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Project 09.3.3-LMT-K-712-01-0171

The research project
Man and the Baltic Sea in the Meso-Neolithic: Relict Coasts and Settlements below and above Present Sea Level. ReCoasts&People
(No. 09.3.3-LMT-K-712-01-0171)

Between 2017 and 2021, the Institute of Baltic Region History and Archaeology at Klaipėda University is conducting the research project ‘Man and the Baltic Sea in the Meso-Neolithic: Relict Coasts and Settlements below and above Present Sea Level. ReCoasts&People’, led by Professor Vladas Žulkus. The project is funded by the European Social Fund, as part of the programme ‘Improvement of Researchers’ Qualifications by Implementing World-Class R&D Projects’ No 09.3.3-LMT-K-712 by a grant (No 09.3.3-LMT-K-712-01-0171) from the Research Council of Lithuania.

The research is divided into two main stages: underwater studies of submerged Prehistoric landscapes and human settlements, and Stone Age settlement research in the current coastal zone of Lithuania. Underwater research has already provided results. At depths of 11 to 30 metres off Juodkrantė, well-preserved pine tree stumps and deposits of peat layers, indicating a former freshwater lake basin, have been found and dated to the end of the Younger Dryas to the Atlantic, ca. 9700 – 5600 cal BC. The Atlantic period is also represented by submerged oak trees. Traces of submerged human settlements have also been found. Possible Middle Mesolithic fish weirs have been uncovered near Klaipėda, and a T-shaped antler axe, dated to the Atlantic, was washed up on Melnragė beach. The underwater research is being carried out by the vessels Brabander and Mintis, which have modern equipment necessary for underwater archaeology.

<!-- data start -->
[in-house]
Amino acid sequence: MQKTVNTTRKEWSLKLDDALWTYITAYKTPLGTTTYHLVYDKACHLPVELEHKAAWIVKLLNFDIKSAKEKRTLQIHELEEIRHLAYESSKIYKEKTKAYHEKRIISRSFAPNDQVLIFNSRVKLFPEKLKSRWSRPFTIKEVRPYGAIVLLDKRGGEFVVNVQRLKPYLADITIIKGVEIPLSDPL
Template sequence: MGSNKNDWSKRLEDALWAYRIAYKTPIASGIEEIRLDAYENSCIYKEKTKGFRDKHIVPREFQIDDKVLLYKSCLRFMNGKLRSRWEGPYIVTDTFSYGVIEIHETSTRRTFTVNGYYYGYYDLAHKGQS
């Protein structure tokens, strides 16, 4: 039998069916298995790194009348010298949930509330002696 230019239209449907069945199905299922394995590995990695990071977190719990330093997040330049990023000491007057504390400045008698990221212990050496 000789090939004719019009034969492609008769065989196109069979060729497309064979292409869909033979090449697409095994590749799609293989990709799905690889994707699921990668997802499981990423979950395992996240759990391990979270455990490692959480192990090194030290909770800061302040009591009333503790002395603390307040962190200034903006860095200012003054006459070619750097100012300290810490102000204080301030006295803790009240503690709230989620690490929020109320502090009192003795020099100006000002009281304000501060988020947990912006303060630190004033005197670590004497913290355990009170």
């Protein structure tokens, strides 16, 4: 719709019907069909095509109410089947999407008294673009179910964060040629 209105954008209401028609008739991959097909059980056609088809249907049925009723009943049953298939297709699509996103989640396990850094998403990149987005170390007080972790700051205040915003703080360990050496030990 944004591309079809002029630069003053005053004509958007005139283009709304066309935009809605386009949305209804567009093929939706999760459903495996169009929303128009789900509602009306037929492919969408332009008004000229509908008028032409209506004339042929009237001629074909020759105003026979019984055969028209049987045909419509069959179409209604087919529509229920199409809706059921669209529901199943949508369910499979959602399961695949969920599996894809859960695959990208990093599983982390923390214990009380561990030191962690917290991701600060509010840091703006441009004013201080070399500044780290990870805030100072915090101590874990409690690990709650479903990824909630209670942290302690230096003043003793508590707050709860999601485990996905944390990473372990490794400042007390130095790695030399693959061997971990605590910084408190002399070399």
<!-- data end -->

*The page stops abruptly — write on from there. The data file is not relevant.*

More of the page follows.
The research off the coast is already successful and has provided new information on the first post-glacial settlers here. In 2018, fieldwork concentrated on the sites of Aukštumala peat bog, on a former lake island. Along with two already-known sites, a third one was identified, and archaeological material suggests that this island was probably inhabited at the very beginning of the Yoldia Sea stage in the Early Mesolithic, ca. 9500 – 9000 cal BC, and should be ascribed to the eponymous Swiderian culture technology. Use-wear studies of flint artefacts suggest that people pursued various activities around the island, such as chopping wood, hunting and processing animal or fish carcasses. Excavations have shown that the sites provided specialised spaces on the site, one of which was identified as lithic knapping location on site 3.

Underwater and inland surveys are supported by various interdisciplinary studies that provide more information about ancient landscapes and the peoples who settled them. The project is supported by geological and palaeo-environmental studies, geochemical and zooarchaeological research, and the DNA analysis of submerged trees. This project is unique in the East Baltic area, and the results will be the basis for future studies of submerged Prehistoric landscapes.